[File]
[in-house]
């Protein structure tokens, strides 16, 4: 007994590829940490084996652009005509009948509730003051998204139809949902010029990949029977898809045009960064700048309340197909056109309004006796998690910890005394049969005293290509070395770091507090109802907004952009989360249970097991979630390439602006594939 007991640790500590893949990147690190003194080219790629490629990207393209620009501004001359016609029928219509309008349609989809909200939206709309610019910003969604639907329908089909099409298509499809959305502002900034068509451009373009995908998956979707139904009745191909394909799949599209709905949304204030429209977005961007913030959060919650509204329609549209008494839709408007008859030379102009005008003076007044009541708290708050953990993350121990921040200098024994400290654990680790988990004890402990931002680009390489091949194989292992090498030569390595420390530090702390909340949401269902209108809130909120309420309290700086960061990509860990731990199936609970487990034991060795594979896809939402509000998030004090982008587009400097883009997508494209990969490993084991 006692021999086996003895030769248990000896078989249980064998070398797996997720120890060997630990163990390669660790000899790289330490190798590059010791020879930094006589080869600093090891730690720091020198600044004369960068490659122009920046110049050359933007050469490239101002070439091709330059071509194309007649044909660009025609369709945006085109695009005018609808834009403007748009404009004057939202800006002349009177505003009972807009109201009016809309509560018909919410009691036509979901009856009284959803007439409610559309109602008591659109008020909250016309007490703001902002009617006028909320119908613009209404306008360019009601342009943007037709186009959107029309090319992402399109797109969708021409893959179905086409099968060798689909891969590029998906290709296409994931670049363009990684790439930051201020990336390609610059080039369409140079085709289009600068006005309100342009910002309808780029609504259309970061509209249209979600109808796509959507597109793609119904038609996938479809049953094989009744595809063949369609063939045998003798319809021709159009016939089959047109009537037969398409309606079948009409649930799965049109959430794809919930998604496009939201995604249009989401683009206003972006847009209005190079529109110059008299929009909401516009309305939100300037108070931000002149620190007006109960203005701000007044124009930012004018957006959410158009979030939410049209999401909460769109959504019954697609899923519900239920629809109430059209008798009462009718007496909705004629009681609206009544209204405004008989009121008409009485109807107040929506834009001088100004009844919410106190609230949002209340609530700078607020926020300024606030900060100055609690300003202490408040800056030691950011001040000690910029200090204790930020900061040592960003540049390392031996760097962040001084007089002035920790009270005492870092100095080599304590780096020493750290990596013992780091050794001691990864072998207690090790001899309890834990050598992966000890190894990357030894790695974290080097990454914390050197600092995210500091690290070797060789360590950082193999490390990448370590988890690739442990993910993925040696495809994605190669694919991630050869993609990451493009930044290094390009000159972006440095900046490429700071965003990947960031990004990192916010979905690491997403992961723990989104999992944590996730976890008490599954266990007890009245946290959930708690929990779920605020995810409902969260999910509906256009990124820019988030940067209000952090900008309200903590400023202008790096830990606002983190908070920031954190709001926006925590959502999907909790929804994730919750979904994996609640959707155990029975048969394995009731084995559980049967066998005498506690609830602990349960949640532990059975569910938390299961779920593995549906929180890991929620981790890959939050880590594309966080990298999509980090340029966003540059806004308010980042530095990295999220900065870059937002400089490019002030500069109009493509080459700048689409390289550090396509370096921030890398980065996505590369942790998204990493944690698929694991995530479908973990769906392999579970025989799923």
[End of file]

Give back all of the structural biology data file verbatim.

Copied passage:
[in-house]
């Protein structure tokens, strides 16, 4: 007994590829940490084996652009005509009948509730003051998204139809949902010029990949029977898809045009960064700048309340197909056109309004006796998690910890005394049969005293290509070395770091507090109802907004952009989360249970097991979630390439602006594939 007991640790500590893949990147690190003194080219790629490629990207393209620009501004001359016609029928219509309008349609989809909200939206709309610019910003969604639907329908089909099409298509499809959305502002900034068509451009373009995908998956979707139904009745191909394909799949599209709905949304204030429209977005961007913030959060919650509204329609549209008494839709408007008859030379102009005008003076007044009541708290708050953990993350121990921040200098024994400290654990680790988990004890402990931002680009390489091949194989292992090498030569390595420390530090702390909340949401269902209108809130909120309420309290700086960061990509860990731990199936609970487990034991060795594979896809939402509000998030004090982008587009400097883009997508494209990969490993084991 006692021999086996003895030769248990000896078989249980064998070398797996997720120890060997630990163990390669660790000899790289330490190798590059010791020879930094006589080869600093090891730690720091020198600044004369960068490659122009920046110049050359933007050469490239101002070439091709330059071509194309007649044909660009025609369709945006085109695009005018609808834009403007748009404009004057939202800006002349009177505003009972807009109201009016809309509560018909919410009691036509979901009856009284959803007439409610559309109602008591659109008020909250016309007490703001902002009617006028909320119908613009209404306008360019009601342009943007037709186009959107029309090319992402399109797109969708021409893959179905086409099968060798689909891969590029998906290709296409994931670049363009990684790439930051201020990336390609610059080039369409140079085709289009600068006005309100342009910002309808780029609504259309970061509209249209979600109808796509959507597109793609119904038609996938479809049953094989009744595809063949369609063939045998003798319809021709159009016939089959047109009537037969398409309606079948009409649930799965049109959430794809919930998604496009939201995604249009989401683009206003972006847009209005190079529109110059008299929009909401516009309305939100300037108070931000002149620190007006109960203005701000007044124009930012004018957006959410158009979030939410049209999401909460769109959504019954697609899923519900239920629809109430059209008798009462009718007496909705004629009681609206009544209204405004008989009121008409009485109807107040929506834009001088100004009844919410106190609230949002209340609530700078607020926020300024606030900060100055609690300003202490408040800056030691950011001040000690910029200090204790930020900061040592960003540049390392031996760097962040001084007089002035920790009270005492870092100095080599304590780096020493750290990596013992780091050794001691990864072998207690090790001899309890834990050598992966000890190894990357030894790695974290080097990454914390050197600092995210500091690290070797060789360590950082193999490390990448370590988890690739442990993910993925040696495809994605190669694919991630050869993609990451493009930044290094390009000159972006440095900046490429700071965003990947960031990004990192916010979905690491997403992961723990989104999992944590996730976890008490599954266990007890009245946290959930708690929990779920605020995810409902969260999910509906256009990124820019988030940067209000952090900008309200903590400023202008790096830990606002983190908070920031954190709001926006925590959502999907909790929804994730919750979904994996609640959707155990029975048969394995009731084995559980049967066998005498506690609830602990349960949640532990059975569910938390299961779920593995549906929180890991929620981790890959939050880590594309966080990298999509980090340029966003540059806004308010980042530095990295999220900065870059937002400089490019002030500069109009493509080459700048689409390289550090396509370096921030890398980065996505590369942790998204990493944690698929694991995530479908973990769906392999579970025989799923």